The Invitae Holt-Oram Syndrome Test analyzes TBX5, which is the gene associated with Holt-Oram syndrome (HOS). HOS involves upper-limb abnormalities and heart problems. It is extremely variable, so genetic testing may provide important insight for individuals who are at risk of having HOS but do not present with obvious symptoms.
Identification of a genetic change related to HOS can impact medical management, provide a predicted outcome for the patient, and indicate the recurrence risk. A diagnosis is important because seemingly asymptomatic individuals may be at risk of developing life-threatening cardiac problems.
The Invitae Isolated and Syndromic Congenital Heart Disease Panel has been designed to provide a broad genetic analysis of congenital heart disease. It may be considered as an alternative to testing for specific disorders. Depending on the individual’s clinical and family history, this broader panel may be appropriate. It can be ordered at no additional charge.
Holt-Oram syndrome (HOS)
Holt-Oram syndrome (HOS) is a multisystemic disorder that is characterized by upper-extremity malformations involving the carpal (wrist), radial, or thenar bones, a personal or family history of congenital heart defect (CHD), and cardiac conduction disease. To date, all individuals diagnosed with HOS have an abnormal carpal bone; in some cases, this is the only manifestation of the syndrome.
Approximately 75% of individuals with Holt-Oram syndrome have a congenital heart defect. The most common heart defects in these patients are ostium secundum atrial septal defect (ASD) and ventricular septal defect (VSD). Individuals who do not have a CHD are still at risk for cardiac conduction disease. Upper-limb abnormalities are often more severe on the left side than on the right. The variation in the presentation of HOS is largely dependent on the severity of the congenital heart defect. Cardiac complications can be life-threatening if they are not identified and managed properly.
TBX5 is the only gene currently known to be associated with HOS. More than 70% of individuals who meet clinical diagnostic criteria have an identifiable disease-causing change in TBX5.
HOS is inherited in an autosomal dominant pattern.
Holt-Oram syndrome is considered fully penetrant. Most individuals are identified at birth—especially those with a CHD, but because of the wide range of variable expression, individuals without a CHD at birth may not be diagnosed until later in life, if at all. For example, an individual with mild upper-limb malformations whose cardiac conduction disease does not manifest until middle age may receive a diagnosis of HOS later in life. Some individuals with HOS may only have an abnormal wrist bone and never develop cardiac complications.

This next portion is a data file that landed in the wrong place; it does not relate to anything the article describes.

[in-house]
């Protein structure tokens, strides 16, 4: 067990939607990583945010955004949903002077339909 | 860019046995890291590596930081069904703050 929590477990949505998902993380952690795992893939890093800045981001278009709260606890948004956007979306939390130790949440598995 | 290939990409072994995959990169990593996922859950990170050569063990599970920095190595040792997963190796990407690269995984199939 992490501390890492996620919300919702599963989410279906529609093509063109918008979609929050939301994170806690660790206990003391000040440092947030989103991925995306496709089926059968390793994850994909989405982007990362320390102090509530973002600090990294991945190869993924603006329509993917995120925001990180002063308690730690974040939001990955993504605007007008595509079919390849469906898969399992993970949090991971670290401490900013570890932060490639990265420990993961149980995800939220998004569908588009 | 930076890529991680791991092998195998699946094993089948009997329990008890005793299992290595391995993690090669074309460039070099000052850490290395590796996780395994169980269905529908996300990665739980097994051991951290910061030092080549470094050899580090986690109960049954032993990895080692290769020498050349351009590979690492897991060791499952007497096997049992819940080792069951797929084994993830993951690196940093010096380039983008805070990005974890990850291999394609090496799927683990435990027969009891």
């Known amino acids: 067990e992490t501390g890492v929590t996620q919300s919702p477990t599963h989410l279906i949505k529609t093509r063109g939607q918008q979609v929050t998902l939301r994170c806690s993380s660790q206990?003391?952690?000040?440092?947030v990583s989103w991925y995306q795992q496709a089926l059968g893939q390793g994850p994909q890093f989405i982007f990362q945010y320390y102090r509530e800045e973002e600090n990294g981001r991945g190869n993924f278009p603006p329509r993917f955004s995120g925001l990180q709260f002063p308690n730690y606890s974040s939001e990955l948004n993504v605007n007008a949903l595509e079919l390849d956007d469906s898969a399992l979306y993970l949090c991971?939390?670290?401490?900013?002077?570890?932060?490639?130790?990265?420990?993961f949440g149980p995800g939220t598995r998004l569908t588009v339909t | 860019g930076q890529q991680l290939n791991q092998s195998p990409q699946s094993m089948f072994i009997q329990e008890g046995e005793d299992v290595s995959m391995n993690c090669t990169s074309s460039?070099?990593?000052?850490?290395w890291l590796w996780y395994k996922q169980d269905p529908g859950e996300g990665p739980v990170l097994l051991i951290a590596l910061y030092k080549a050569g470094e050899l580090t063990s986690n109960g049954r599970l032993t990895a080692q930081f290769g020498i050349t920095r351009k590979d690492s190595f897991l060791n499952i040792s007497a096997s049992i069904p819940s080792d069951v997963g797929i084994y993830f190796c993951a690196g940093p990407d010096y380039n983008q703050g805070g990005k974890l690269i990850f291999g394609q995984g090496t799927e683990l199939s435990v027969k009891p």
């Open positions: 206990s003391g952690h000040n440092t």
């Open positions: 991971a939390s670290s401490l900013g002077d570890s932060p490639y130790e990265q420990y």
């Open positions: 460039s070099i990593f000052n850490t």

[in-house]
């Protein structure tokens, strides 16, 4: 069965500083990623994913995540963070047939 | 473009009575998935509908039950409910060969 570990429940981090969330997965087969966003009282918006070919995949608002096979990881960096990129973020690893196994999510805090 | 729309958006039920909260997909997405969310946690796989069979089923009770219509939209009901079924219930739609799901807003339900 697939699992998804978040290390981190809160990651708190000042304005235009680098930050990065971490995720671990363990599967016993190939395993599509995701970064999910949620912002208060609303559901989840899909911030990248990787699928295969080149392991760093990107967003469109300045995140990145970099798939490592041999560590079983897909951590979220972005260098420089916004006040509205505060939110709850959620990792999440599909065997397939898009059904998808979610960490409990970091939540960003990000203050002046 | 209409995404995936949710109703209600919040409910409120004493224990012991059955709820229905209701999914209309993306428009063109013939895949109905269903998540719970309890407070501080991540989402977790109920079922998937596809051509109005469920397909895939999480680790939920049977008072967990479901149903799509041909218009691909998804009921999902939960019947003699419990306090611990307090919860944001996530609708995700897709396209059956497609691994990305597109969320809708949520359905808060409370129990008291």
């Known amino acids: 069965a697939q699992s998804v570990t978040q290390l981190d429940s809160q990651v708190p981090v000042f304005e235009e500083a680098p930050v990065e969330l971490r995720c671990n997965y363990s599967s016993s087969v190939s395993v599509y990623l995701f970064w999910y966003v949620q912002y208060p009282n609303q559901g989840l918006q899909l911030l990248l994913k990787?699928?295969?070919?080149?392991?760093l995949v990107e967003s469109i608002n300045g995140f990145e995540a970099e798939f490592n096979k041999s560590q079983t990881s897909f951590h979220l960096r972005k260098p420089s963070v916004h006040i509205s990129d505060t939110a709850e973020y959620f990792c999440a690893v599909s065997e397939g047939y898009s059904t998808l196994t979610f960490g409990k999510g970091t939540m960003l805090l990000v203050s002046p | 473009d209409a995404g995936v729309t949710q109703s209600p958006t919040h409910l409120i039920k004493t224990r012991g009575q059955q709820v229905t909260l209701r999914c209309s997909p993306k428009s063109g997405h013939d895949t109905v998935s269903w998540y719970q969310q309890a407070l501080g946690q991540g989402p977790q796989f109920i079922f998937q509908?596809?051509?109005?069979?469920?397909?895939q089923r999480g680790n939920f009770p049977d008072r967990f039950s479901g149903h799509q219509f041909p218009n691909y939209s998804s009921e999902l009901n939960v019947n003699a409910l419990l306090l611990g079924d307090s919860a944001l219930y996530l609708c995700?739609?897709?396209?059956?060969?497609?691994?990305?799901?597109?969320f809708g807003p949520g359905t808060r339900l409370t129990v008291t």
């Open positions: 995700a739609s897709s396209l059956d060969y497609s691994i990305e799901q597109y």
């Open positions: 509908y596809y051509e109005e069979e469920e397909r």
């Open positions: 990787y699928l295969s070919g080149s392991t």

The incidence of Holt-Oram syndrome is approximately 1 in 100,000.
Because HOS has a variable clinical presentation, identifying the genetic cause of HOS in an individual enables testing of related asymptomatic adults who could be at risk of having HOS and developing cardiac problems. Individuals with mild upper-limb malformation who do not have a CHD may not be diagnosed without molecular testing and are at risk of cardiac conduction disease.
Invitae is a College of American Pathologists (CAP)-accredited and Clinical Laboratory Improvement Amendments (CLIA)-certified clinical diagnostic laboratory performing full-gene sequencing and deletion/duplication analysis using next-generation sequencing technology (NGS).
Our sequence analysis covers clinically important regions of each gene, including coding exons, +/- 10 base pairs of adjacent intronic sequence, and select noncoding variants. Our assay provides a Q30 quality-adjusted mean coverage depth of 350x (50x minimum, or supplemented with additional analysis). Variants classified as pathogenic or likely pathogenic are confirmed with orthogonal methods, except individual variants that have high quality scores and previously validated in at least ten unrelated samples.
Our analysis detects most intragenic deletions and duplications at single exon resolution. However, in rare situations, single-exon copy number events may not be analyzed due to inherent sequence properties or isolated reduction in data quality. If you are requesting the detection of a specific single-exon copy number variation, please contact Client Services before placing your order.
|Gene||Transcript reference||Sequencing analysis||Deletion/Duplication analysis|